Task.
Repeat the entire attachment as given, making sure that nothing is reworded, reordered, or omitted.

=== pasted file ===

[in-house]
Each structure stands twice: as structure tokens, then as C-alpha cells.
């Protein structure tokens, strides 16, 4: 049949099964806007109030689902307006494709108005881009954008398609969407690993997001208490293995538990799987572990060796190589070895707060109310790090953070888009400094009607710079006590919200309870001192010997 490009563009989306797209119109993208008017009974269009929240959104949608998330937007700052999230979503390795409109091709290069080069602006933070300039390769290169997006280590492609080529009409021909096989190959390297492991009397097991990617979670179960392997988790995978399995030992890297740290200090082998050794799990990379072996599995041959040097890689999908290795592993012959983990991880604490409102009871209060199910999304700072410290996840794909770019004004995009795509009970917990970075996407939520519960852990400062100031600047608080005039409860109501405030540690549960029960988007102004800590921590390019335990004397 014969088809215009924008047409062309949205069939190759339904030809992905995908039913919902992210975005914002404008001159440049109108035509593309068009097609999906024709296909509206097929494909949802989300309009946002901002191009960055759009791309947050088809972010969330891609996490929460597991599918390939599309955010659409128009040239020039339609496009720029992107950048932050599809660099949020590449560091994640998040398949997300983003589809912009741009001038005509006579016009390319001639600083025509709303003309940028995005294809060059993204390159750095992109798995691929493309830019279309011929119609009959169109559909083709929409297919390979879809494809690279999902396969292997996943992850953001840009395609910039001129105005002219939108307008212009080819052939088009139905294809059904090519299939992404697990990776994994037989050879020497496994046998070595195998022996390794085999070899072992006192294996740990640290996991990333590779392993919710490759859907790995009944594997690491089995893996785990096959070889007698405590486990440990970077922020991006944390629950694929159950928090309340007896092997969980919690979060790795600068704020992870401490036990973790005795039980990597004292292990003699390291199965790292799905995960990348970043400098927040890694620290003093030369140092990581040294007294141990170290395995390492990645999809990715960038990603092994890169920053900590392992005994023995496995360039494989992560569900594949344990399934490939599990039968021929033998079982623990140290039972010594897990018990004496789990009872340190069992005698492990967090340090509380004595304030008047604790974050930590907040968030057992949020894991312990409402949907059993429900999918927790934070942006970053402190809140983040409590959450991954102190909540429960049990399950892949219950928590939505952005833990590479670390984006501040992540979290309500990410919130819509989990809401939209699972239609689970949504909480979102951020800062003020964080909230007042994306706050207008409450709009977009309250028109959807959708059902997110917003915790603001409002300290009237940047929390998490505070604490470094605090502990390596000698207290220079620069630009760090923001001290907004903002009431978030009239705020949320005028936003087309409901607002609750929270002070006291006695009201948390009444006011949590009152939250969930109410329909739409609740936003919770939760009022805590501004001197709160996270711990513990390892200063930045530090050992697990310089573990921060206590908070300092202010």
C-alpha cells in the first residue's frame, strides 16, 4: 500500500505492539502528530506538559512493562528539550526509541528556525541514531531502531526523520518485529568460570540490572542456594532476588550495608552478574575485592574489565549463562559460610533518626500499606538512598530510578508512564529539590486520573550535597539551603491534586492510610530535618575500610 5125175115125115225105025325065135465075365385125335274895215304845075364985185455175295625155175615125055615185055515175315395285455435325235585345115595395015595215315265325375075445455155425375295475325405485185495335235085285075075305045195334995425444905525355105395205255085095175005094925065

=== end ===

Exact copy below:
[in-house]
Each structure stands twice: as structure tokens, then as C-alpha cells.
């Protein structure tokens, strides 16, 4: 049949099964806007109030689902307006494709108005881009954008398609969407690993997001208490293995538990799987572990060796190589070895707060109310790090953070888009400094009607710079006590919200309870001192010997 490009563009989306797209119109993208008017009974269009929240959104949608998330937007700052999230979503390795409109091709290069080069602006933070300039390769290169997006280590492609080529009409021909096989190959390297492991009397097991990617979670179960392997988790995978399995030992890297740290200090082998050794799990990379072996599995041959040097890689999908290795592993012959983990991880604490409102009871209060199910999304700072410290996840794909770019004004995009795509009970917990970075996407939520519960852990400062100031600047608080005039409860109501405030540690549960029960988007102004800590921590390019335990004397 014969088809215009924008047409062309949205069939190759339904030809992905995908039913919902992210975005914002404008001159440049109108035509593309068009097609999906024709296909509206097929494909949802989300309009946002901002191009960055759009791309947050088809972010969330891609996490929460597991599918390939599309955010659409128009040239020039339609496009720029992107950048932050599809660099949020590449560091994640998040398949997300983003589809912009741009001038005509006579016009390319001639600083025509709303003309940028995005294809060059993204390159750095992109798995691929493309830019279309011929119609009959169109559909083709929409297919390979879809494809690279999902396969292997996943992850953001840009395609910039001129105005002219939108307008212009080819052939088009139905294809059904090519299939992404697990990776994994037989050879020497496994046998070595195998022996390794085999070899072992006192294996740990640290996991990333590779392993919710490759859907790995009944594997690491089995893996785990096959070889007698405590486990440990970077922020991006944390629950694929159950928090309340007896092997969980919690979060790795600068704020992870401490036990973790005795039980990597004292292990003699390291199965790292799905995960990348970043400098927040890694620290003093030369140092990581040294007294141990170290395995390492990645999809990715960038990603092994890169920053900590392992005994023995496995360039494989992560569900594949344990399934490939599990039968021929033998079982623990140290039972010594897990018990004496789990009872340190069992005698492990967090340090509380004595304030008047604790974050930590907040968030057992949020894991312990409402949907059993429900999918927790934070942006970053402190809140983040409590959450991954102190909540429960049990399950892949219950928590939505952005833990590479670390984006501040992540979290309500990410919130819509989990809401939209699972239609689970949504909480979102951020800062003020964080909230007042994306706050207008409450709009977009309250028109959807959708059902997110917003915790603001409002300290009237940047929390998490505070604490470094605090502990390596000698207290220079620069630009760090923001001290907004903002009431978030009239705020949320005028936003087309409901607002609750929270002070006291006695009201948390009444006011949590009152939250969930109410329909739409609740936003919770939760009022805590501004001197709160996270711990513990390892200063930045530090050992697990310089573990921060206590908070300092202010």
C-alpha cells in the first residue's frame, strides 16, 4: 500500500505492539502528530506538559512493562528539550526509541528556525541514531531502531526523520518485529568460570540490572542456594532476588550495608552478574575485592574489565549463562559460610533518626500499606538512598530510578508512564529539590486520573550535597539551603491534586492510610530535618575500610 5125175115125115225105025325065135465075365385125335274895215304845075364985185455175295625155175615125055615185055515175315395285455435325235585345115595395015595215315265325375075445455155425375295475325405485185495335235085285075075305045195334995425444905525355105395205255085095175005094925065